Trial court did not prejudicially err by giving kill zone instruction that did not identify the murder victim as the primary target and instead named an attempted murder victim as both the primary target and a secondary victim of the gun fire. A jury convicted Tran of second degree murder, attempted murder, and other charges, and found true gang and firearm use enhancements, based on evidence Tran’s passenger shot multiple times into a rival gang member’s car, killing Bui and injuring James. On appeal, Tran challenged the attempted murder conviction based on the trial court’s inartfully worded instruction on the kill zone theory of liability. Held: Affirmed on this point. When a defendant has intentionally created a “kill zone” to ensure the death of his primary victim, the trier of fact may reasonably infer from the method employed an intent to kill others concurrent with the intent to kill the primary victim. (People v. Bland (2002) 28 Cal.4th 313, 329-330.) The circumstances in this case indicated Tran and his passenger intentionally created a kill zone around Bui, the murder victim, by firing a hail of bullets at the car that Bui was riding, and thereby intentionally exposed everyone in Bui’s car to the risk of death. The jury could reasonably infer that Tran not only intended to kill Bui but also everyone else in the car, including James. The trial court’s instruction did not identify the murder victim, Bui, as the primary target of the gunfire but instead named James as both the primary target and a secondary victim of the gunfire. This could have prejudiced the prosecution insofar as it effectively deprived it of the opportunity to obtain a conviction for attempted murder based on the theory of concurrent intent. It could not have prejudiced Tran because it expressly required the jury to find Tran harbored the intent to kill James in order to convict him of that offense. Therefore, any error in the wording of the kill zone instruction was harmless.
The case must be remanded to give the parties an opportunity to make a record of information that will be relevant at appellant’s future youth offender parole hearing. Tran argued that the case must be otherwise remanded so he can make a record of information that will be relevant to his future parole hearing. The Court of Appeal agreed. Penal Code section 3051 entitles certain inmates to a youth offender parole hearing 25 years into their prison sentence and the parole board must consider youth-related factors, such as the offender’s cognitive ability, character, and social and family background at the time of the offense, in determining parole suitability. (People v. Franklin (2016) 63 Cal.4th 261, 269.) The California Supreme Court recognized that assembling such statements about the individual before the crime is “typically a task more easily done at or near the time of the juvenile’s offense rather than decades later when memories have faded, records may have been lost or destroyed, or family or community members may have relocated or passed away.” (Id. at 283-284.) Tran’s sentencing hearing preceded Franklin, so it is unlikely that Tran would have been afforded a sufficient opportunity to present evidence bearing on his future suitability for parole. The court rejected the Attorney General’s argument that the probation report contained sufficient information to facilitate his future parole hearing because the report lacked information about Tran’s character, cognitive ability, psychological functioning, and maturity, and imparted “very little about what kind of 16-year-old appellant is other than the fact he is the kind who commits this crime.” The court remanded the matter to the trial court to permit the parties the opportunity to present evidence bearing on the factors discussed in Franklin.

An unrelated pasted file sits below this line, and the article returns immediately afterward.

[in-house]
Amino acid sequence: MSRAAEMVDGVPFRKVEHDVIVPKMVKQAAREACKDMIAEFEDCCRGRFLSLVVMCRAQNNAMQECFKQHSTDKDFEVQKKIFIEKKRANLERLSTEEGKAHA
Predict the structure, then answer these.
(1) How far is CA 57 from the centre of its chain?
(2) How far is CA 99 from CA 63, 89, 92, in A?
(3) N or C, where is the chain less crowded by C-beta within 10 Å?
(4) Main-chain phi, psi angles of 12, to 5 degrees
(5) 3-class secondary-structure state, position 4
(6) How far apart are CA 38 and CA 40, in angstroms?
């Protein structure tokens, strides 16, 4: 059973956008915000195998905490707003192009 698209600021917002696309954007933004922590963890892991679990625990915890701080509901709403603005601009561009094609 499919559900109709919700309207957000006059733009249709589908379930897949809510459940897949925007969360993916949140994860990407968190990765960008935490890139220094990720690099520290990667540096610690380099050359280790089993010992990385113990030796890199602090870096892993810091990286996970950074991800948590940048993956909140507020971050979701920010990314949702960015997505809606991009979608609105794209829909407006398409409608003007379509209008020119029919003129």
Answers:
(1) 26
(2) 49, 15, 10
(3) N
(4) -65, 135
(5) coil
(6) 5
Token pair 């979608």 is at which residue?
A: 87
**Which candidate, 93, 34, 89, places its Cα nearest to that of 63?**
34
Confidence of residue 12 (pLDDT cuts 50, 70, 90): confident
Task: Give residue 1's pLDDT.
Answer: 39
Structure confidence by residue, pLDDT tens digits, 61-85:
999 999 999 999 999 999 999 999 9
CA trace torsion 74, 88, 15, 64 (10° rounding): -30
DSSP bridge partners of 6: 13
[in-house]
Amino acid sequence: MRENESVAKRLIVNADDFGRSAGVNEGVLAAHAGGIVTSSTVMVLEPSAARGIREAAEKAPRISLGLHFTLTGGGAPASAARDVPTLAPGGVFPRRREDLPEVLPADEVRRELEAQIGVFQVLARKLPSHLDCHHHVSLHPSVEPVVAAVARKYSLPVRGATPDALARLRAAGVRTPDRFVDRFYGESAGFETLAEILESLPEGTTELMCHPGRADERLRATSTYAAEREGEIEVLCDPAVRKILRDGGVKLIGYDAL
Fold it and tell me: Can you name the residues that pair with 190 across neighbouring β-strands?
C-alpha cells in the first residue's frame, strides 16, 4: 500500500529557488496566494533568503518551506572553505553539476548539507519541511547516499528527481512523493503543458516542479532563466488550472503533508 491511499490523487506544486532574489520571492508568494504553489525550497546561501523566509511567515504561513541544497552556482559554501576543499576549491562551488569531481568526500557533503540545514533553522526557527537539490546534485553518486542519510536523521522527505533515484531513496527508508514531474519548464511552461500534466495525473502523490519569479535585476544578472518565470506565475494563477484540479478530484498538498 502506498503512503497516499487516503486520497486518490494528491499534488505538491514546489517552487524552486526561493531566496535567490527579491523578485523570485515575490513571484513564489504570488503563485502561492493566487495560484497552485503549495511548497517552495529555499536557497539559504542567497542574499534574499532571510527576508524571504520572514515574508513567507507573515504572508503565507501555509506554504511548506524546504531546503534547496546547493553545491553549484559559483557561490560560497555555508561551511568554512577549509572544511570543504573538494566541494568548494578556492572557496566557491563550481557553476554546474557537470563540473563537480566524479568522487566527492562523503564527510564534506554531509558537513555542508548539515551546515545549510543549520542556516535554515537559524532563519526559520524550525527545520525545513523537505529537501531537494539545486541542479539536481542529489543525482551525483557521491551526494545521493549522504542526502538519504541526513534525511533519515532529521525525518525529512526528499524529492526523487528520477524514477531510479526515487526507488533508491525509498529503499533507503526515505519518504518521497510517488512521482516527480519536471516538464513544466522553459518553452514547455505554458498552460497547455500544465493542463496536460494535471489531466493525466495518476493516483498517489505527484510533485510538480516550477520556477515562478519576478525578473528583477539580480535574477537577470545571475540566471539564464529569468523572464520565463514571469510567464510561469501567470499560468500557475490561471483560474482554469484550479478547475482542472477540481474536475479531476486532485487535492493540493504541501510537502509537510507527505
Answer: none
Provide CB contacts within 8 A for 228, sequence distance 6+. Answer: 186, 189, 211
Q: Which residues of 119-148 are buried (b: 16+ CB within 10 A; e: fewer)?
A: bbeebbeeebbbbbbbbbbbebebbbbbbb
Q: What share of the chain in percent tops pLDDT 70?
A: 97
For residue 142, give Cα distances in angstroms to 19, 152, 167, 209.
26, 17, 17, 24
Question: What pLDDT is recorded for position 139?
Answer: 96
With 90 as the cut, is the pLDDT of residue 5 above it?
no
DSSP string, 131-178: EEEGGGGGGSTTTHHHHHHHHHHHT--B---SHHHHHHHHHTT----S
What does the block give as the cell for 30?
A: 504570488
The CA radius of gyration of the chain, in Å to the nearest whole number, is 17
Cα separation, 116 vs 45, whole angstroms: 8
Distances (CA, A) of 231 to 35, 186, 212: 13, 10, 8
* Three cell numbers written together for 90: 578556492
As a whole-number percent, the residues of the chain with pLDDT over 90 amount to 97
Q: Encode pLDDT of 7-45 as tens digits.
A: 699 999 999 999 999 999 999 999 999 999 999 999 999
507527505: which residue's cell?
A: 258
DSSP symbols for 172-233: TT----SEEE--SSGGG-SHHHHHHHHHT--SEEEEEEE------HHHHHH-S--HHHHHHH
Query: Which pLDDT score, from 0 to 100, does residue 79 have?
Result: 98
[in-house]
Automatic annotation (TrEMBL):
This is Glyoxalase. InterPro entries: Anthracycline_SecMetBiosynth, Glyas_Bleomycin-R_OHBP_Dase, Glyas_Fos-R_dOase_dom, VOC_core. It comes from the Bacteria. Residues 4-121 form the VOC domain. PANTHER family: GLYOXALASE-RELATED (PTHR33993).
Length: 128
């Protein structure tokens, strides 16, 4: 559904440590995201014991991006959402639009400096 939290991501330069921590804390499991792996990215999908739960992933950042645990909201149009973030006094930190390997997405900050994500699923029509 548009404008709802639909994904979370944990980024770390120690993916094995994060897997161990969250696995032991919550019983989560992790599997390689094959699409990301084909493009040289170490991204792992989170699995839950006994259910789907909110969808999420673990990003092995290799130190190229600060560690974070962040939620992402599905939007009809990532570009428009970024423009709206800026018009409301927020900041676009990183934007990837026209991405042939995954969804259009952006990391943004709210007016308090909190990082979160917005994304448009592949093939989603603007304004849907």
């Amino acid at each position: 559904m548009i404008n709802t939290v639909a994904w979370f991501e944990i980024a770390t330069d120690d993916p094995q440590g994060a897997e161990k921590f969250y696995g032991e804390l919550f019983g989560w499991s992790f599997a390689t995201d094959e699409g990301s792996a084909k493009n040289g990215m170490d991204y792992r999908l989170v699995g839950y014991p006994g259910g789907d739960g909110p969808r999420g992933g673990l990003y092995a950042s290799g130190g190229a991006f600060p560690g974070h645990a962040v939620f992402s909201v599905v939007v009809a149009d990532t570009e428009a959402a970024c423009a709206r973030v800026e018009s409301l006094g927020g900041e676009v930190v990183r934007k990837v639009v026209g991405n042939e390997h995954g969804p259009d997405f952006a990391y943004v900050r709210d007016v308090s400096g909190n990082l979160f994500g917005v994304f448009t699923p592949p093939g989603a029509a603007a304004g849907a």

The full opinion is available on the court’s website here: http://www.courts.ca.gov/opinions/documents/G053424M.PDF